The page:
Human Resource Crisis : Wrong One

There is an article in the Indian Express today, “The war for talent is hotting up as the services industry is all set to hire three lakh engineers from the available pool of 4.95 lakh in the next fiscal.”

Here you have the HR director of Infosys, the former CFO, trying to start a new awareness campaign. We are being delegated to be the techno-coolies of the world. The Filipinos supply maids to the world, we will supp;y coolies to the data center. The situation would be different where thousands of startup companies were going to recruit 3 lakhs engineers. Read article below and The Infosys Bubble, which will demonstrate why Infosys itself is the crisis and not the number of people it is going to hire. Intel and Microsoft had their days of glory in the 90s and are struggling to grow. There are times in life where you can be viewed as a stable, efficient and a profitable company, you don’t always to grow, just keep generating cash.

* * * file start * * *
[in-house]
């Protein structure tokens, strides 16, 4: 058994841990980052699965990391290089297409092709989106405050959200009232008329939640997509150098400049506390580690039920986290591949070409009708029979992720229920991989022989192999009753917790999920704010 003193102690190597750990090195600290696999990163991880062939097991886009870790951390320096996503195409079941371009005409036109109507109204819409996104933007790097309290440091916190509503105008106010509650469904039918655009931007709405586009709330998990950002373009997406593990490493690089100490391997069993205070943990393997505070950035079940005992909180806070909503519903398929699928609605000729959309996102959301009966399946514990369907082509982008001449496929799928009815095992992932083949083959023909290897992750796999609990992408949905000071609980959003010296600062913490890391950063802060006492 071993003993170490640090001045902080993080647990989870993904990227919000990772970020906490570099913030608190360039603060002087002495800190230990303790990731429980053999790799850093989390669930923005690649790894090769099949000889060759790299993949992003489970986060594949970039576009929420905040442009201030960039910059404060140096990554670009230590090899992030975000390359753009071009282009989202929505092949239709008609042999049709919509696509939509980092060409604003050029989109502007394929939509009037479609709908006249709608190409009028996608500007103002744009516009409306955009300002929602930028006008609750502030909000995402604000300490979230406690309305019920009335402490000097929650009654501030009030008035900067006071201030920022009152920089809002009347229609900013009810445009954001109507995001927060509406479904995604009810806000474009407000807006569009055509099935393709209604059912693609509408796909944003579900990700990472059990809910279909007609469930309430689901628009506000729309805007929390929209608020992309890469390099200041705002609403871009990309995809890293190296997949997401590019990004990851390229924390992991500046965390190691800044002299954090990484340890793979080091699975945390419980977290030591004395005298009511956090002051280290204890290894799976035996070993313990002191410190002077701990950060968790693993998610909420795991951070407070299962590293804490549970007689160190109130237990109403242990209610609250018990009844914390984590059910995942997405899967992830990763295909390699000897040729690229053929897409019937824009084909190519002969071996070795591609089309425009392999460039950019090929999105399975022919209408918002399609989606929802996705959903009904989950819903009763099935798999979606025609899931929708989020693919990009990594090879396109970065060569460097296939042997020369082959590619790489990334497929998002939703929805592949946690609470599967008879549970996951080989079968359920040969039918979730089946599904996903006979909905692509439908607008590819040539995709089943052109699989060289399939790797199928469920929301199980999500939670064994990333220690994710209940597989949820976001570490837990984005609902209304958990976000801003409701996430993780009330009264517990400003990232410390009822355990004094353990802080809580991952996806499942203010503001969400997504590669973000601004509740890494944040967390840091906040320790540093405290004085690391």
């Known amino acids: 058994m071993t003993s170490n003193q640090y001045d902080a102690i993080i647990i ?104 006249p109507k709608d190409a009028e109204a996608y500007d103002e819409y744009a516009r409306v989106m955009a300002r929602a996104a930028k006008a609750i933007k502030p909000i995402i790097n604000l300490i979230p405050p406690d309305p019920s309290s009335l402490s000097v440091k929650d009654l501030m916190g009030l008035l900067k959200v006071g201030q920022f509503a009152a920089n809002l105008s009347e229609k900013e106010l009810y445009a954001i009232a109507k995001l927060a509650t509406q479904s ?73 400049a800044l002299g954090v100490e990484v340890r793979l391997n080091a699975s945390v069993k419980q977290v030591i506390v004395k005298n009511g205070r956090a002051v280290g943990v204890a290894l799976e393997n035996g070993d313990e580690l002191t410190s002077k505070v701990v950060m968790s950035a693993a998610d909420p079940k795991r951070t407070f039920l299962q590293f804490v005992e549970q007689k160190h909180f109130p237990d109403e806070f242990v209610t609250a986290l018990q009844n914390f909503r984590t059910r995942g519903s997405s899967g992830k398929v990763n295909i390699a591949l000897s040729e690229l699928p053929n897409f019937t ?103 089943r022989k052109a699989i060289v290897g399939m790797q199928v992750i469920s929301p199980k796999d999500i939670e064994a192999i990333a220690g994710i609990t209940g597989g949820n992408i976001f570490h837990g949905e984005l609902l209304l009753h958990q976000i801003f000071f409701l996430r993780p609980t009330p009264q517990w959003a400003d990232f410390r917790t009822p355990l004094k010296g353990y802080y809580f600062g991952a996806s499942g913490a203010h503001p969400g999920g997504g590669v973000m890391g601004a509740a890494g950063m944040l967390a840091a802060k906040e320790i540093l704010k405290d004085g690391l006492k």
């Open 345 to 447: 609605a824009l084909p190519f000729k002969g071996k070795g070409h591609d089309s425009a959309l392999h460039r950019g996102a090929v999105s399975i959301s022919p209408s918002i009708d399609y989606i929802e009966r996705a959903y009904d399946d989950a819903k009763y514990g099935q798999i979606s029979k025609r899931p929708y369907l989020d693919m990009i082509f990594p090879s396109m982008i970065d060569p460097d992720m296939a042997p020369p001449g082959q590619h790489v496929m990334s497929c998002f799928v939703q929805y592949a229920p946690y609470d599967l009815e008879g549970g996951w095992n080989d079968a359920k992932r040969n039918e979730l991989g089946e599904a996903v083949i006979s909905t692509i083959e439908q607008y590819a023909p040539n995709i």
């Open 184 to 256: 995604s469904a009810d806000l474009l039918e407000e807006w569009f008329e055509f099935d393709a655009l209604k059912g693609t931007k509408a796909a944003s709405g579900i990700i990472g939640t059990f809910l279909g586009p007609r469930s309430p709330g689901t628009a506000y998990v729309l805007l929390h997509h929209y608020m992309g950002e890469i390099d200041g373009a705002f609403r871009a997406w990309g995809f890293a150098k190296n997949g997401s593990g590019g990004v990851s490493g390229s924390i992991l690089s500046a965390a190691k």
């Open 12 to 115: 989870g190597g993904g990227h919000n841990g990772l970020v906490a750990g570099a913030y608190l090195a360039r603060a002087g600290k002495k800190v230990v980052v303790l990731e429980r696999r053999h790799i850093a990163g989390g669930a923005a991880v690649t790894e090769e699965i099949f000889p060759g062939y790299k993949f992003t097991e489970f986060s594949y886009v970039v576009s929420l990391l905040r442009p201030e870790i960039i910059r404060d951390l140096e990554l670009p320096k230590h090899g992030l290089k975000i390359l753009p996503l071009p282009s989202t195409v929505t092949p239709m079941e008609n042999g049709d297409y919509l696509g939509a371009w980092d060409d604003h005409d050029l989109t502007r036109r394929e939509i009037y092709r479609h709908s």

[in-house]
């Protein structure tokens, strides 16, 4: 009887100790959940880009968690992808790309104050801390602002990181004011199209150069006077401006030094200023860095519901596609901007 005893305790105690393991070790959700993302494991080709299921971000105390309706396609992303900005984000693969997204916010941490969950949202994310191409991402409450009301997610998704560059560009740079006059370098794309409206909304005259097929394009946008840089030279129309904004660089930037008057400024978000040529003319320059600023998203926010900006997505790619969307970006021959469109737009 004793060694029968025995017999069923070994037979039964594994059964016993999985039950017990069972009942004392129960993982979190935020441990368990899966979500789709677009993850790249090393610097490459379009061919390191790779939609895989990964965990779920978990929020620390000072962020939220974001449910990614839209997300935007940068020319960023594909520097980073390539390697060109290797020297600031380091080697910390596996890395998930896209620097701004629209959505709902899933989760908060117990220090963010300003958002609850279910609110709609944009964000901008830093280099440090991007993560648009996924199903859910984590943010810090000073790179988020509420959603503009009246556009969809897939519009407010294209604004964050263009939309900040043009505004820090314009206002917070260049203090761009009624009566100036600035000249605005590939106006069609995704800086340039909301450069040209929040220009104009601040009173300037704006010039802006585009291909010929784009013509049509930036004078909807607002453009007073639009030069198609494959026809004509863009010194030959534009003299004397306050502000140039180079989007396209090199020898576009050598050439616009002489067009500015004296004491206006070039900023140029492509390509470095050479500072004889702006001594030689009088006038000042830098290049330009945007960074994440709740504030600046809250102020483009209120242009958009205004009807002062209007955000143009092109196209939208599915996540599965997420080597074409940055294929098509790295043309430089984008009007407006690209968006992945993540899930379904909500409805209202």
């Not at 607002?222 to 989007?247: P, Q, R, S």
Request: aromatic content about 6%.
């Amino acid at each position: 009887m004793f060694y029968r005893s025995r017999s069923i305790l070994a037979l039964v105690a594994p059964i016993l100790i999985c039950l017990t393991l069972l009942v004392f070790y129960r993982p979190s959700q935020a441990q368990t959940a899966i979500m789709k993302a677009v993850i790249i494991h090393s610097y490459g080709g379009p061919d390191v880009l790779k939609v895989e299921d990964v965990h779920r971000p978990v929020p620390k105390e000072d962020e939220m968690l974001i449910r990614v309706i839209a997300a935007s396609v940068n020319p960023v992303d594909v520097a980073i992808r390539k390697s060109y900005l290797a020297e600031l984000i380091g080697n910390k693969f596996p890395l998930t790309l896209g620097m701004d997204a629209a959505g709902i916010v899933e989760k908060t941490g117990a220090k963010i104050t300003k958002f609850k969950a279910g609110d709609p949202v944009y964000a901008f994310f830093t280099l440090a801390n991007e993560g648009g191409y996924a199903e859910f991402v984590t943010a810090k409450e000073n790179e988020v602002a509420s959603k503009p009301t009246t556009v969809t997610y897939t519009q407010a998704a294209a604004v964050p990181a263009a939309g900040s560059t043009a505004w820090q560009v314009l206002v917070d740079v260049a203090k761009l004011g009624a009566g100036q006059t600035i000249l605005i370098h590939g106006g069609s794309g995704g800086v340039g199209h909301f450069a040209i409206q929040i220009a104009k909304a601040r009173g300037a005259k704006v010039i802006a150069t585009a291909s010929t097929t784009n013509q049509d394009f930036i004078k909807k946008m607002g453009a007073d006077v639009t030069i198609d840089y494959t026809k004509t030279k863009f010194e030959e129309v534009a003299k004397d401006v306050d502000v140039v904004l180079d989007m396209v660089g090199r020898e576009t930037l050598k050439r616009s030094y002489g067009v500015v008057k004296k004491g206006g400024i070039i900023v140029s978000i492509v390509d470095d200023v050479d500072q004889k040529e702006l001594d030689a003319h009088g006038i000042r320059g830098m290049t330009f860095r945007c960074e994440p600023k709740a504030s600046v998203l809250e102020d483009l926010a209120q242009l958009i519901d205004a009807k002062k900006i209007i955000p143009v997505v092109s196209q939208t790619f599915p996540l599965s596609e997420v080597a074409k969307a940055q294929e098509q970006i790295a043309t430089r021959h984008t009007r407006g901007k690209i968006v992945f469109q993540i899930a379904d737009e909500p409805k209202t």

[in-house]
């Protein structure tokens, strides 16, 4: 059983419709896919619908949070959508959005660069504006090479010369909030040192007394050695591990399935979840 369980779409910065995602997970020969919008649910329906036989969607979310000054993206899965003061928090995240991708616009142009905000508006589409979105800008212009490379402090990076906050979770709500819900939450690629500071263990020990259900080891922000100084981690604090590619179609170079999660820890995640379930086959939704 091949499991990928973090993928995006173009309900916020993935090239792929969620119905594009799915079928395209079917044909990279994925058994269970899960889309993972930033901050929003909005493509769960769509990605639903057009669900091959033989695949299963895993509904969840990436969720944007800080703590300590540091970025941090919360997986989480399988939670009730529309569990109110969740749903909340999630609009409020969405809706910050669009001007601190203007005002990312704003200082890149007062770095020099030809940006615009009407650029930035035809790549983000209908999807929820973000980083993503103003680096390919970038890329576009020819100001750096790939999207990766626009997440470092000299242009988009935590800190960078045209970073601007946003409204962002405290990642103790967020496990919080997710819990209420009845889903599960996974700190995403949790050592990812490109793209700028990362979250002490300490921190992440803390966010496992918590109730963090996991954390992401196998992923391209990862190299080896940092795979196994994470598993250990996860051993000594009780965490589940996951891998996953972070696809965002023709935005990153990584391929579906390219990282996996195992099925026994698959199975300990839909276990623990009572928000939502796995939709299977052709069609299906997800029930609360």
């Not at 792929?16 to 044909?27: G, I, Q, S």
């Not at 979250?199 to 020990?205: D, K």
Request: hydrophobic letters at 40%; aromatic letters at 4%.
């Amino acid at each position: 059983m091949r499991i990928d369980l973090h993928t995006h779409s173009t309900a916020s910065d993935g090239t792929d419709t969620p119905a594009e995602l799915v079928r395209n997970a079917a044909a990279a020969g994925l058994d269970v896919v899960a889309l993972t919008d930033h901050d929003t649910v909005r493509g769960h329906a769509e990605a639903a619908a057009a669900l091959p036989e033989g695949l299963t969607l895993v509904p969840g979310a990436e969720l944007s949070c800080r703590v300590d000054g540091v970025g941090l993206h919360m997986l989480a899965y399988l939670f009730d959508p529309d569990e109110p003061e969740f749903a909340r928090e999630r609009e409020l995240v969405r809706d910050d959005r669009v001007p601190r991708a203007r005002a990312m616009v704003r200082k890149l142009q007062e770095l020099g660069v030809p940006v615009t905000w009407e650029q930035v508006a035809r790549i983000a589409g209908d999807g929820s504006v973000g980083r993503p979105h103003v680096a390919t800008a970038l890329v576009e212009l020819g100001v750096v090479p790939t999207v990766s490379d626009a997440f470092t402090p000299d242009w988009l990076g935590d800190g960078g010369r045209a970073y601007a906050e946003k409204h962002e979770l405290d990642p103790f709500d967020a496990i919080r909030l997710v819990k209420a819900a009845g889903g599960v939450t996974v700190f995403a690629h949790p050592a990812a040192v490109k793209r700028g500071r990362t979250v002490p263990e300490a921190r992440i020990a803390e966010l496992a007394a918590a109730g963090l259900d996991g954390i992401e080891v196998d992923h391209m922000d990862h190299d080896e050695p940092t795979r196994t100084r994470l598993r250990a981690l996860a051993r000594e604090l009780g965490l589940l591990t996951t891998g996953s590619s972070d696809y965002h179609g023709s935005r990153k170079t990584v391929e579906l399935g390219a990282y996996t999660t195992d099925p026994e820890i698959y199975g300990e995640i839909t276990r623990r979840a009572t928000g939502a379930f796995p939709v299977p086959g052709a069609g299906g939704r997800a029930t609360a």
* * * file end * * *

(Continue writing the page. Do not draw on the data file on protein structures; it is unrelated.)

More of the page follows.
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‘‘The IT industry itself will hire a million people in the next three years, thereby putting a great constraint on the supply side. If the number of engineering seats, including those in IITs and IIMs, is not increased substantially, there will be a big HR crisis,’’ said Infosys Technologies HR director T. V. Mohandas Pai.

Emphasising on the looming manpower crunch in the public sector units, especially banks, Pai said 3 lakh employees are going to retire in five years. Public sector units had not been hiring for the past 10 years and the average age of the public sector employee is 42 to 45 years.

If the government did not hire and train the employees now, it would become extremely difficult for it to get the quality manpower from private sector with escalating salaries, career growth, opportunities in the private sector. On the training front also, the government will have to struggle as the IT industry is spending as much as $2.6 billion on training and $5000 to train a single employee for 16 weeks.

Pai added that higher education is in a major crisis. ‘‘Average age of head of departments in colleges is 52 to 54 years, BTech graduates are teaching BTech undergraduates, staff shortage and limited number of seats are the major issues affecting the sector,’’ he said.

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